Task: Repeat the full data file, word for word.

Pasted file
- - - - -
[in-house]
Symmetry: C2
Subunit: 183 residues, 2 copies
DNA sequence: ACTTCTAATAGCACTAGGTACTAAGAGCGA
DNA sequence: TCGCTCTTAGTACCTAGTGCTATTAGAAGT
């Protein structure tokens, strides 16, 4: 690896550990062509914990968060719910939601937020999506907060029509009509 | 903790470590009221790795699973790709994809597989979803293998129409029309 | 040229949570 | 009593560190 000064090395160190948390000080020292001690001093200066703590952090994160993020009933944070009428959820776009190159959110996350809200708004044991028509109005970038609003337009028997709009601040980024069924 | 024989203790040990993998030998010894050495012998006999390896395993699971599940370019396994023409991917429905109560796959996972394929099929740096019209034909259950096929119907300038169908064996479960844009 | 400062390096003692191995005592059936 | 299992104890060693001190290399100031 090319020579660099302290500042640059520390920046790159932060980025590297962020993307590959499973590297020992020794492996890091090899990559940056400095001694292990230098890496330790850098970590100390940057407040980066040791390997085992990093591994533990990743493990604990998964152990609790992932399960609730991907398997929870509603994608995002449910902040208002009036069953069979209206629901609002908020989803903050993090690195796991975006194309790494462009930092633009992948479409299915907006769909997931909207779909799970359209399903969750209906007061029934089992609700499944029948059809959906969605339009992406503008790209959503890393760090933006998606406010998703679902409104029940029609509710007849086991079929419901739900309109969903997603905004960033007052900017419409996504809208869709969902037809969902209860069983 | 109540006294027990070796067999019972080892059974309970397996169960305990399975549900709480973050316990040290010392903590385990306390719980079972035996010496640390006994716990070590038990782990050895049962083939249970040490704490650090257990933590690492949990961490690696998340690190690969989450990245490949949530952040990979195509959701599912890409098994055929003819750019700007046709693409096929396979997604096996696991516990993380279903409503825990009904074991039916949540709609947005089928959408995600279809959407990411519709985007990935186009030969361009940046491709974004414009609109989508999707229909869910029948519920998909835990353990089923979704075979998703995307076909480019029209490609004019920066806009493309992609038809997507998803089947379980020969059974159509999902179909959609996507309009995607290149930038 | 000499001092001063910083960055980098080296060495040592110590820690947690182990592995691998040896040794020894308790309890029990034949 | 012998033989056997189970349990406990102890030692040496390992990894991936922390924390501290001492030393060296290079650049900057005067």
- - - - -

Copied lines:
[in-house]
Symmetry: C2
Subunit: 183 residues, 2 copies
DNA sequence: ACTTCTAATAGCACTAGGTACTAAGAGCGA
DNA sequence: TCGCTCTTAGTACCTAGTGCTATTAGAAGT
């Protein structure tokens, strides 16, 4: 690896550990062509914990968060719910939601937020999506907060029509009509 | 903790470590009221790795699973790709994809597989979803293998129409029309 | 040229949570 | 009593560190 000064090395160190948390000080020292001690001093200066703590952090994160993020009933944070009428959820776009190159959110996350809200708004044991028509109005970038609003337009028997709009601040980024069924 | 024989203790040990993998030998010894050495012998006999390896395993699971599940370019396994023409991917429905109560796959996972394929099929740096019209034909259950096929119907300038169908064996479960844009 | 400062390096003692191995005592059936 | 299992104890060693001190290399100031 090319020579660099302290500042640059520390920046790159932060980025590297962020993307590959499973590297020992020794492996890091090899990559940056400095001694292990230098890496330790850098970590100390940057407040980066040791390997085992990093591994533990990743493990604990998964152990609790992932399960609730991907398997929870509603994608995002449910902040208002009036069953069979209206629901609002908020989803903050993090690195796991975006194309790494462009930092633009992948479409299915907006769909997931909207779909799970359209399903969750209906007061029934089992609700499944029948059809959906969605339009992406503008790209959503890393760090933006998606406010998703679902409104029940029609509710007849086991079929419901739900309109969903997603905004960033007052900017419409996504809208869709969902037809969902209860069983 | 109540006294027990070796067999019972080892059974309970397996169960305990399975549900709480973050316990040290010392903590385990306390719980079972035996010496640390006994716990070590038990782990050895049962083939249970040490704490650090257990933590690492949990961490690696998340690190690969989450990245490949949530952040990979195509959701599912890409098994055929003819750019700007046709693409096929396979997604096996696991516990993380279903409503825990009904074991039916949540709609947005089928959408995600279809959407990411519709985007990935186009030969361009940046491709974004414009609109989508999707229909869910029948519920998909835990353990089923979704075979998703995307076909480019029209490609004019920066806009493309992609038809997507998803089947379980020969059974159509999902179909959609996507309009995607290149930038 | 000499001092001063910083960055980098080296060495040592110590820690947690182990592995691998040896040794020894308790309890029990034949 | 012998033989056997189970349990406990102890030692040496390992990894991936922390924390501290001492030393060296290079650049900057005067």